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Page says his primary responsibility is to make sure that the entire organization errs on the side of thinking big. "Larry always asks hard questions," says Brian McClendon, VP of Google Geo, who joined in 2004 when the company bought his startup and renamed its 3-D-mapping program Google Earth. "Sometimes he asks unreasonably hard questions. He forces you to think, 'Did I actually get as much out of this plan as I could have?' He does that even when you do great things."
Despite its founder's emphasis on focus, Google is not immune to distractions. In August, technology site All Things D reported that Brin and Wojcicki had separated, setting off an unprecedented flurry of coverage of their personal lives. More important, even juggernauts like Apple and Amazon have learned how willing investors are to punish overly long-term bets by driving down a company's stock price if they are displeased. So far that hasn't been a problem: Google's stock hit its all-time high in July at $928 a share.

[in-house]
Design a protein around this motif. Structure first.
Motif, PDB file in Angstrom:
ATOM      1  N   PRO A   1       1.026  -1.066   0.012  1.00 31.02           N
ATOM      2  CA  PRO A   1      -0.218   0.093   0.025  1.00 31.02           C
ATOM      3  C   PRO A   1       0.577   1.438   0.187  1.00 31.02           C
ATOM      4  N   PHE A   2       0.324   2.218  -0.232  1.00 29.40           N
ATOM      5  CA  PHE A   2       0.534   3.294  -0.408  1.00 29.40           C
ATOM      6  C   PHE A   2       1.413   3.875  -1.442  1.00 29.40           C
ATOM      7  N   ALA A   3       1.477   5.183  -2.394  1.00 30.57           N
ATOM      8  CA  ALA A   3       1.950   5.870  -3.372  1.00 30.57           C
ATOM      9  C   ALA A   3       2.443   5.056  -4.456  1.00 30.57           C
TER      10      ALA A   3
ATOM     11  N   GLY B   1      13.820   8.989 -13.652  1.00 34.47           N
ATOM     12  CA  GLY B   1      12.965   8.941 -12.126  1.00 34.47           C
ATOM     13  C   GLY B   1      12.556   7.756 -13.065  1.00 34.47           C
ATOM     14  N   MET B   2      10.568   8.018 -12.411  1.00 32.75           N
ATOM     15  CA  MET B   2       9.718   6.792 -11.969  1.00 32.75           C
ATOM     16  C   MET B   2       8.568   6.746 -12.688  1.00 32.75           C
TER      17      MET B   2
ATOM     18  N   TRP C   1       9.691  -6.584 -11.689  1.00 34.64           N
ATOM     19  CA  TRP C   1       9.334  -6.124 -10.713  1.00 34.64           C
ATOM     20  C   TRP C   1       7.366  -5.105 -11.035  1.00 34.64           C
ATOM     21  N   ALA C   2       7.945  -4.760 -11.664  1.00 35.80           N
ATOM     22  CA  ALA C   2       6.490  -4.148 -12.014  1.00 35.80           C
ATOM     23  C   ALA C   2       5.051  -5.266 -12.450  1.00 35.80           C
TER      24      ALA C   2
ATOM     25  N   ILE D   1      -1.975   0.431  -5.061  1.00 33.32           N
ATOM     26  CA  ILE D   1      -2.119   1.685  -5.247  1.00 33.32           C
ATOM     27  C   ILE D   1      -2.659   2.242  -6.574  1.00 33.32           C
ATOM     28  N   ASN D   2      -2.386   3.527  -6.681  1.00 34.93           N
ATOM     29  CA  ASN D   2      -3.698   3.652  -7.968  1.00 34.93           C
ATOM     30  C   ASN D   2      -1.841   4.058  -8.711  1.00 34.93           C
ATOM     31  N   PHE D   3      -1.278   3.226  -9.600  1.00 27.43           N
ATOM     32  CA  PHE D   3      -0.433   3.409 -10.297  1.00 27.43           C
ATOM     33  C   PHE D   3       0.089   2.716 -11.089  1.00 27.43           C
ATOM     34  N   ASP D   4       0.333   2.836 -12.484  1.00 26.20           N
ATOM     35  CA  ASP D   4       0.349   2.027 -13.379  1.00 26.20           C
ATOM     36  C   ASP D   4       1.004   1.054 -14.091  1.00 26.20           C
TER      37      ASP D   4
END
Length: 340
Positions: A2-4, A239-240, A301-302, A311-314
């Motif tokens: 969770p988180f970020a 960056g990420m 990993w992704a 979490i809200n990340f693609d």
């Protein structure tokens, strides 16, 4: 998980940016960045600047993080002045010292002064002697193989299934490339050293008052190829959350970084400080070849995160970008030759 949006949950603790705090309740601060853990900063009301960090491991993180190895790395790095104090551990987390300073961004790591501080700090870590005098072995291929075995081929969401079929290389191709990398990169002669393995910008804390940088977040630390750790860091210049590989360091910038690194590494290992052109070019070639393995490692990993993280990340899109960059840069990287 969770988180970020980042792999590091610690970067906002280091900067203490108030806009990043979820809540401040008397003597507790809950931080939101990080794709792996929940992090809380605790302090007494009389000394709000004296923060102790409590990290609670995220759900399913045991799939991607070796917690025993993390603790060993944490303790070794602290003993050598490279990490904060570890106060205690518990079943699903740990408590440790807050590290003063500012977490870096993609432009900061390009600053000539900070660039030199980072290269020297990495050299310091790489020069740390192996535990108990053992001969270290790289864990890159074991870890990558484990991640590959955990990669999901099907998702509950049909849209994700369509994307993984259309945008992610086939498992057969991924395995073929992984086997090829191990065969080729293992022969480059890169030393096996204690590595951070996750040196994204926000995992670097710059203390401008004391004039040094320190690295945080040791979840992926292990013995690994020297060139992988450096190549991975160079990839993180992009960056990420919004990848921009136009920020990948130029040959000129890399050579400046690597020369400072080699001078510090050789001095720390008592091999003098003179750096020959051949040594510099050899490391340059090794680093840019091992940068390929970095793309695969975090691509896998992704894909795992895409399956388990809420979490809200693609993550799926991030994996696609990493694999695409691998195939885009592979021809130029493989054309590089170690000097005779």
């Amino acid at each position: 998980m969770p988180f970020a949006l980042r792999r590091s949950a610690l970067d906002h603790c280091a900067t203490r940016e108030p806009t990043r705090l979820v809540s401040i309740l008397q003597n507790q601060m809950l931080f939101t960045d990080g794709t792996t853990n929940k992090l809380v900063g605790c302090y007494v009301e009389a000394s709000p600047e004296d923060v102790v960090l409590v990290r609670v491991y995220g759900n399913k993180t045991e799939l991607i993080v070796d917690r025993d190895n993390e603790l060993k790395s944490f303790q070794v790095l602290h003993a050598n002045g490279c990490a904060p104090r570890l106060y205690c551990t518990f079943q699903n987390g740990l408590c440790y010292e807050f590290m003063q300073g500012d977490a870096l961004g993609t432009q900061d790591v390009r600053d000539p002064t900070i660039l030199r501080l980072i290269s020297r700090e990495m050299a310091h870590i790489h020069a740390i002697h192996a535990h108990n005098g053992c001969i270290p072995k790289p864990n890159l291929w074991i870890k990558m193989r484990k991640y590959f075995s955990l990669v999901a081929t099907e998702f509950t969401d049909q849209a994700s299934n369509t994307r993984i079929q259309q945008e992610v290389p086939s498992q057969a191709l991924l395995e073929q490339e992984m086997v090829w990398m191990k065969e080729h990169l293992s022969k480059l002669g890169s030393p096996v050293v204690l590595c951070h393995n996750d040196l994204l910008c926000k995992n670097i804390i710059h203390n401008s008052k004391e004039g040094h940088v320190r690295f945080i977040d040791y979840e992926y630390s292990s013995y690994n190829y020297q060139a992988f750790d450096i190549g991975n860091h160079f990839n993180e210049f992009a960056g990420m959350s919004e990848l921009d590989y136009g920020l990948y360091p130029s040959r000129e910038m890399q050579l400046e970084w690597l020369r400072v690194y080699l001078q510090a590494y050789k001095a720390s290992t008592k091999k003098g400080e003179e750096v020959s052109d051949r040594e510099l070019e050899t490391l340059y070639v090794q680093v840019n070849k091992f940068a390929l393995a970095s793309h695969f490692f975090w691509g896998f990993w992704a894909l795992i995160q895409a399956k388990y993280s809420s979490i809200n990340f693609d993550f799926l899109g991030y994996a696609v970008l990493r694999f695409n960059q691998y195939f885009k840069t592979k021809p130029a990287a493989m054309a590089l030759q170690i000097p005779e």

Page concedes that he's been known to underestimate how tough it all can be: "I'm very optimistic and certain about things, so I always assume they're going to get done quickly, but actually they take a long time." He says he initially thought Google could whip up great software for next-generation smartphones in a year but learned that getting Android there was a half-decade effort. Though it did get there: Android is closing in on an 80% share of the smartphone market.
Again, he sounds impatient. "Big companies--and maybe even Google too--we're not as good as we should be at starting these things up early enough so that it's really done by the time we need it to be a real business." Though Page doesn't mention Google+, the company's attempt to roll an array of services into a cohesive Facebook competitor, it's a case in point: In 2011 he tied part of every employee's bonus to their contributions to Google's social effort. The results, though slick, haven't yet gelled into anything with a fraction of Facebook's impact or revenue.
The truth about Page's brand of 10x thinking is that it creates a never-ending cycle. If you believe that it is always possible to be 10 times better than your current self (or the other guy), it is impossible to reach a state of self-satisfaction. Which means that even if Calico, Glass, self-driving cars, Makani Power and Project Loon all turn out to be wild, epoch-shifting hits, success for Google will still be another moon shot or two away. And Page will probably be fretting that the company isn't moving fast enough to launch them.